MURAPE MURAPE is back in the headlines and, for him, it’s time to reveal some of his best-kept secrets.
The Dynamos legend was last week named the coach of the Betis Academy.
And, he has been looking back at a career in which he won the Soccer Star of the Year and led the country’s biggest football club.
“When I look back at my career, I laugh aloud or even cry quietly,” he said.
“The truth is I don’t even know how I managed to play for those years with so much pain.
“I had to feed my family, though, and look after my mother, so I had to find a way to play.”
It all started when a 17-year-old Murape, picked what could have been a career-ending injury during a training session in 1998.
Subsequent examinations revealed he had torn some knee ligaments and he needed surgery.
“The operation went badly and the surgeon failed to properly position the knee after the procedure,” he said.
“That is how I ended up with this slightly bended knee.
“I have been through hell, struggling to stand the pain, but I had to play football out of passion.”
It is that limp which resulted in him being denied an opportunity to prove his mettle at South African teams, Ajax Cape Town and Moroka Swallows, in 1999.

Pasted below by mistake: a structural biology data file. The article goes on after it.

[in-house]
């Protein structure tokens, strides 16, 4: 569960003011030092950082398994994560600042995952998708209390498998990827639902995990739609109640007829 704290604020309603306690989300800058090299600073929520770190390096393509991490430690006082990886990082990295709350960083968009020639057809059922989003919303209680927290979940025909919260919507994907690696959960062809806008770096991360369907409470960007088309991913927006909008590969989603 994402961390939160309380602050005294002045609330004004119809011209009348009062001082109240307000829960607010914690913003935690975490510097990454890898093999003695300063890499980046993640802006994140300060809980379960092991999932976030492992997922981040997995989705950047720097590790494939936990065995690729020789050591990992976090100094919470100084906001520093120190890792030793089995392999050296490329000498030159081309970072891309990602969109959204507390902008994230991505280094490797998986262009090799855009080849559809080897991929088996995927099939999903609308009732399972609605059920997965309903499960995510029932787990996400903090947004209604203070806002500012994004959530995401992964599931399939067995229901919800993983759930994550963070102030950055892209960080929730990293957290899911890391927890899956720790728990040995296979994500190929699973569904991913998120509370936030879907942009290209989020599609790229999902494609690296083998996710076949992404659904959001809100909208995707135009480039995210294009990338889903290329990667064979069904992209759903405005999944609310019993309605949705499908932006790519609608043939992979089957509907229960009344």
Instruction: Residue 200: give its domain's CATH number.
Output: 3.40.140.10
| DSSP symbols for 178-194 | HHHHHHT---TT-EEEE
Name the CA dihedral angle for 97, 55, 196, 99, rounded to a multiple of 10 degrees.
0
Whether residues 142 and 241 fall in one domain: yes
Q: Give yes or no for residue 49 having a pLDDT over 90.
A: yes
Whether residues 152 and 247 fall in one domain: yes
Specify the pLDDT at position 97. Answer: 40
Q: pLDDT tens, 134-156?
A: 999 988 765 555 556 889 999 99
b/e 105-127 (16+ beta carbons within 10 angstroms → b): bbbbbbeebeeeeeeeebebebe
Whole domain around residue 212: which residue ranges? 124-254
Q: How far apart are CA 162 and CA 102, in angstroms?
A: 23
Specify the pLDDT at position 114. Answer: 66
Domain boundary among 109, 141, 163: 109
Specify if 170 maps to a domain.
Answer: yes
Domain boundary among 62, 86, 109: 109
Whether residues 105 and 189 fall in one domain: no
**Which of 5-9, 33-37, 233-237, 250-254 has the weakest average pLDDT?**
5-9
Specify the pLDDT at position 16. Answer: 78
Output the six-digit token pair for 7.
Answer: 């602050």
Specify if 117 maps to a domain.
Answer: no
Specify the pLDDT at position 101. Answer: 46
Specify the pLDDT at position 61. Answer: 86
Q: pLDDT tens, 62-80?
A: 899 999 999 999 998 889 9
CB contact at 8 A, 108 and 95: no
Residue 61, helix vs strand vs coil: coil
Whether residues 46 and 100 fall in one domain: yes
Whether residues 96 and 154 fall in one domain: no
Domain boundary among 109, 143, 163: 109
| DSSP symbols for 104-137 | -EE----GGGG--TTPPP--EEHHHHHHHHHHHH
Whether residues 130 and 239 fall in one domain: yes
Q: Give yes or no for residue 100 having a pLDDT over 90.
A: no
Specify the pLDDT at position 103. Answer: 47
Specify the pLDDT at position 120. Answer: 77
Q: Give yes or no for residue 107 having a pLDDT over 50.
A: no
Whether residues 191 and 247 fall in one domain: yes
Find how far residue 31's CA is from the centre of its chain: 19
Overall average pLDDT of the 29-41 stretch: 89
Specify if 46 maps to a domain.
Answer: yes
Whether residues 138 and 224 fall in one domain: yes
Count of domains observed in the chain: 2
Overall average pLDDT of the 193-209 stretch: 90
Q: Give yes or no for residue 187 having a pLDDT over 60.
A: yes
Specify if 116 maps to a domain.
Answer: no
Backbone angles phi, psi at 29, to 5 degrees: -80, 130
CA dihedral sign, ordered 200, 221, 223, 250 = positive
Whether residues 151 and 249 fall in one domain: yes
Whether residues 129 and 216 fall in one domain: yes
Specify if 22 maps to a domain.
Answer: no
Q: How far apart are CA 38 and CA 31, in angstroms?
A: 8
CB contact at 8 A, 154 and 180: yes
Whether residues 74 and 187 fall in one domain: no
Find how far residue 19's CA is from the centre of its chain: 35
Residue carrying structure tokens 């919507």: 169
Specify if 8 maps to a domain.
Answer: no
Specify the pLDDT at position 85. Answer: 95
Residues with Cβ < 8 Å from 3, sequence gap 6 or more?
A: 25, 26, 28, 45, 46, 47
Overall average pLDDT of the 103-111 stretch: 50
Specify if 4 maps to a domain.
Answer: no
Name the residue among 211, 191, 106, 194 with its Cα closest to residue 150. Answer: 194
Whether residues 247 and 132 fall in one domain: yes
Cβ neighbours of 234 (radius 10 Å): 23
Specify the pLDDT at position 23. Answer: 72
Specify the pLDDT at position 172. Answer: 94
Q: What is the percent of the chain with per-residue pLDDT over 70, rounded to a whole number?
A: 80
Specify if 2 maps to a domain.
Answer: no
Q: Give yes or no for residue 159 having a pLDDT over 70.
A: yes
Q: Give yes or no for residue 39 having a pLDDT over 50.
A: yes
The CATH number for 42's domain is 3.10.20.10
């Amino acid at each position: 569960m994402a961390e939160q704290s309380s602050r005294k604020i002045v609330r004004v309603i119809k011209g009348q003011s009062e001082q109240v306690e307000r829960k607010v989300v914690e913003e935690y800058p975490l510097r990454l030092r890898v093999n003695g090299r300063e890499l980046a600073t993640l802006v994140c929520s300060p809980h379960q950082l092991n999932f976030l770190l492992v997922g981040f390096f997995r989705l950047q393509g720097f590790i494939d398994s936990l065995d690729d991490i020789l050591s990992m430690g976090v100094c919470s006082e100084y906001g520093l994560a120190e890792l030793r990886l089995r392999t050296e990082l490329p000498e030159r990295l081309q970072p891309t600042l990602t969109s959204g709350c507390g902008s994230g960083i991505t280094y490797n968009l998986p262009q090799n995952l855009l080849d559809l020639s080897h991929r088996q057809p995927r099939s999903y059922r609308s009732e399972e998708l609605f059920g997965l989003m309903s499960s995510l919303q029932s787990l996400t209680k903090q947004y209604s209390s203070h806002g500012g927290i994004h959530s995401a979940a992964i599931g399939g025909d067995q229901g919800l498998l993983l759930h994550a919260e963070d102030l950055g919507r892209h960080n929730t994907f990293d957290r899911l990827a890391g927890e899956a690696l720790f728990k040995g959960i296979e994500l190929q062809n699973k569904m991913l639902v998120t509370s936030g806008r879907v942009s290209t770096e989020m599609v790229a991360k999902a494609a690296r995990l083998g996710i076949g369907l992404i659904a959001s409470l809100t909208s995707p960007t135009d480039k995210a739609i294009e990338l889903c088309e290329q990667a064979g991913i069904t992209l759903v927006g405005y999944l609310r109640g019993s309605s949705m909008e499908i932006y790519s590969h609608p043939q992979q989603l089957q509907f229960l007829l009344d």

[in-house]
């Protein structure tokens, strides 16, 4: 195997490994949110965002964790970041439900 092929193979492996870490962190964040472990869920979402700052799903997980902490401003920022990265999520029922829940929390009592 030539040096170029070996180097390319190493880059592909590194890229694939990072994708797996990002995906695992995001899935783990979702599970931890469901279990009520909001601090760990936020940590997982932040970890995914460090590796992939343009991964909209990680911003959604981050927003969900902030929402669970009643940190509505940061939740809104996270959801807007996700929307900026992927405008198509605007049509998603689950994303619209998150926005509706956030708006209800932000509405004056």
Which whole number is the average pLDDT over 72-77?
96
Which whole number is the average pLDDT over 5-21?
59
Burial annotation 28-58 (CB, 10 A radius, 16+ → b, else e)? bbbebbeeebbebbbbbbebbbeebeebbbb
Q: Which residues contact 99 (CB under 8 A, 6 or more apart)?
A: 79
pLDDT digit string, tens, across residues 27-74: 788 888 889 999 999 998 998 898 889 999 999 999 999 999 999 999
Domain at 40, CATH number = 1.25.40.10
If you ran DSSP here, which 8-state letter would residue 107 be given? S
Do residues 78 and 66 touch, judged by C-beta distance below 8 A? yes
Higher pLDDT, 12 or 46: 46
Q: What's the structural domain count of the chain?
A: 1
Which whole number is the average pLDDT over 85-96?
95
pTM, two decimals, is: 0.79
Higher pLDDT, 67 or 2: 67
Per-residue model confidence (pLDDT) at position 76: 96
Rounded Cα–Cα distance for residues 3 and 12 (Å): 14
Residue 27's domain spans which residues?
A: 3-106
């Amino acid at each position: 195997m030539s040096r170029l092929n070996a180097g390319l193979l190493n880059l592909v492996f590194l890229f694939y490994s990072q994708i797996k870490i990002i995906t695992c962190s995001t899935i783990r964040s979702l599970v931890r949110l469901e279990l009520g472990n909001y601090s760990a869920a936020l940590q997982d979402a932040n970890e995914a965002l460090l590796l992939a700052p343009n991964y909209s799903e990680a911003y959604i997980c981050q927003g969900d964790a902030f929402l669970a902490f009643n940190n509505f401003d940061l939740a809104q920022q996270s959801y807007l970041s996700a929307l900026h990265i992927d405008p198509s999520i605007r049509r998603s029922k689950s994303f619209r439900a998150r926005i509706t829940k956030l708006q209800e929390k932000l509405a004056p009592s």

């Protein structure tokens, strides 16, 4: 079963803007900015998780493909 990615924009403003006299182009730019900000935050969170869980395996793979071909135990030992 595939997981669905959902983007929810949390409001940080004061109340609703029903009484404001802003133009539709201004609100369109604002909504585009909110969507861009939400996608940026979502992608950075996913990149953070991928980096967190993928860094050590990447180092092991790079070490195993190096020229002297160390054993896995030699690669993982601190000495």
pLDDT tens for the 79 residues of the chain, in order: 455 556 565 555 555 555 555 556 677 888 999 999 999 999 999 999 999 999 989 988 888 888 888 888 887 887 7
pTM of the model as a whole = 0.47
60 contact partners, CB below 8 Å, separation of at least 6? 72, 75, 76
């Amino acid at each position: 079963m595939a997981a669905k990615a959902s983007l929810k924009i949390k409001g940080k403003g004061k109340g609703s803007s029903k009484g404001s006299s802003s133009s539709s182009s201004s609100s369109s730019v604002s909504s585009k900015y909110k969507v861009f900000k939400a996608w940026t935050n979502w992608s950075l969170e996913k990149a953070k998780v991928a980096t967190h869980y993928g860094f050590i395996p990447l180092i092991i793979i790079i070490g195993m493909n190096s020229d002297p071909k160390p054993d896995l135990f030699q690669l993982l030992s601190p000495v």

“There was no way, before even walking onto the pitch, some officials had already dismissed me,” he said.
“Some were questioning the logic of me being given an opportunity to be on trials.
“They questioned how l was going to play football with a ‘disability’.”
He considered quitting the game and went to live in England.
Somehow, he got an invite to train with Brentford, who were then playing in the Conference League.
“I had gone to England on a visitors’ visa. That was an impediment and I ended up doing menial jobs in that country between 2001 and 2004,” he said.
Fed up with living from hand-to-mouth in England, Murape decided to come back to football.
That is how he rejoined Dynamos, in the second half of the 2004 season.
He would help DeMbare win the 2007 title, their first in a decade, and he also played a key role in their fairy-tale run to the semi-final of the CAF Champions league in 2008.
The Glamour Boys also won four straight titles between 2001 and 2014.
Then, he decided the time to retire had come.
“It was a newspaper headline,” he said. “I was busy preparing to come back from the off season when I came across a headline dubbed ‘Dynamos is now an old people’s home.’
“My name was in that article and I just thought, well, let me hang up my boots.
“From then, I have been coaching, including being an assistant to Lloyd Mutasa and Lloyd Chigowe at Dynamos, on separate occasions.
“I have also led Dynamos Under-18 to a league title in the Harare provincial league.
“I have also been helping out at Heritage School.”
Murape has a chance to make it big, after he was named the Real Betis Academy Zimbabwe coach this week.